values in the “partially observed” dataset during the “E” step by doing rejection sampling on until finding a thought which leads to the known correct answer. If sampling given the question fails to find the correct answer, they sample thoughts from . This uses a recognition network to approximately sample from the posterior distribution over thoughts given the known correct answer. They call this approach “rationale generation with rationalization”. They then update the parameters in the “M” step based on these imputed thoughts. By interpreting the rationale generation at this higher level of abstraction, we open up the possibility of applying this tuning method to other types of cascades.

3.3 Selection-Inference

Selection Inference (selection_inference) is a recent example of multiple interacting LM modules. It proposes splitting reasoning into: the selection module which selects a subset of facts given a question, and the inference module which infers new facts given this subset.

It may be represented by the model in Figure 4. Here is the selection of a subset of “facts” from a pre-specified set of facts, and is an inference driven by that fact. The and nodes can be iterated to do multistep reasoning. The model is “trained” by giving it examples, , as part of the prompt.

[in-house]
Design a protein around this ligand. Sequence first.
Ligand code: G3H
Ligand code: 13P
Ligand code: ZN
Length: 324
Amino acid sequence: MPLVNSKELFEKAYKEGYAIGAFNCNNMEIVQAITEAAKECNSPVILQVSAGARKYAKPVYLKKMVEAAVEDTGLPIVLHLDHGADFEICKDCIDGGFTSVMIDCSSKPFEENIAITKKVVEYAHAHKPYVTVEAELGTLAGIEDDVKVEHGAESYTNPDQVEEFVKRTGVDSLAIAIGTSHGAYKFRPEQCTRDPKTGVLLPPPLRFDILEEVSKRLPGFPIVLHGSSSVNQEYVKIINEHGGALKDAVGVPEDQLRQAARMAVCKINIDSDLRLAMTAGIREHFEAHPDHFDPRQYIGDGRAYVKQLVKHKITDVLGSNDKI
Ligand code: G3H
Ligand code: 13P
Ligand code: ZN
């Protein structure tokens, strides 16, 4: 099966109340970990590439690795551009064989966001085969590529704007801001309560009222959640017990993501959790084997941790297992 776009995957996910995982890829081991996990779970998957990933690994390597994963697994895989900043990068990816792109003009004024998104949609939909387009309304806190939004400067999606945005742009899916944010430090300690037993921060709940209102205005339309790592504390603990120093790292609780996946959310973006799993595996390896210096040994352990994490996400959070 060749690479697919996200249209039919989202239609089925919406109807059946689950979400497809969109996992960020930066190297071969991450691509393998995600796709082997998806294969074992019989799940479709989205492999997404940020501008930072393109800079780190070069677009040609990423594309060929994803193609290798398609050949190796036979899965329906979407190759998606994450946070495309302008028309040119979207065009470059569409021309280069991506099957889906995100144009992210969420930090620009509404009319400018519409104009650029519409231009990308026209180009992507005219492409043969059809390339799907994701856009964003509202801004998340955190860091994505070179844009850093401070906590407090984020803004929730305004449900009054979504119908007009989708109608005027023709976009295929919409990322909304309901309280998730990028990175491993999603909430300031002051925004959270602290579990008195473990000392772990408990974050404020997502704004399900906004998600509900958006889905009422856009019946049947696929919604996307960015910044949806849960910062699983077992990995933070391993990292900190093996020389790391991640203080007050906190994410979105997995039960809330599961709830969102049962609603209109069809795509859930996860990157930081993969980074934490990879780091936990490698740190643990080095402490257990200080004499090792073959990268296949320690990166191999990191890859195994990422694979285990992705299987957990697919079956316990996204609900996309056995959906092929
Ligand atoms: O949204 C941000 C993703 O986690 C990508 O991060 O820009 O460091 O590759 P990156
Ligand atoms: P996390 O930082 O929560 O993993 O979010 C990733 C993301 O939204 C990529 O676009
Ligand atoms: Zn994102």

FACTS

Figure 4: Selection inference as a cascade. Here is the selected subset of facts and is an inference driven by this subset.

3.4 Verifiers

Although adding explicit “thought” variables to a model has been found to improve performance, models still arrive at incorrect answers, or the correct answer for an erroneous reason. An intuitive way to improve model performance is to train it to judge whether an answer and thought are likely to be “valid”. verifiers propose using a separate model as a verifier to filter solutions to reasoning tasks.

We can create a “labeled” training set of the form , where we add a “verification” label , representing whether the thought is a valid form of reasoning for deriving from , and is the correct answer. This can be particularly helpful in settings where there may be more than one way of deriving the answer. The verifiers may be used to reject incorrect examples in ancestral sampling, and the thought generator may itself be conditioned on the verifiers being correct by finetuning or prompting, reminiscent of RL as inference (rl_inference) and goal-conditioned policies such as decision-transformer (decision_transformer).

Figure 5: Verifier model. The small double-ringed nodes are deterministic buffer nodes that concatenate their inputs, accumulating all past strings. All other nodes are stochastic. The verifiers are observed to take on the “correct” value.

We can extend this to -step reasoning as follows (where we drop conditioning on for brevity):

where

We can represent this as shown in Figure 5.

To see why such a verification model can be useful, consider (for simplicity) the case where . Suppose we have trained the model to generate valid thoughts and answers by giving it suitable training examples, and then we generate samples . We can then rank the samples for validity by computing , and then picking the with largest score .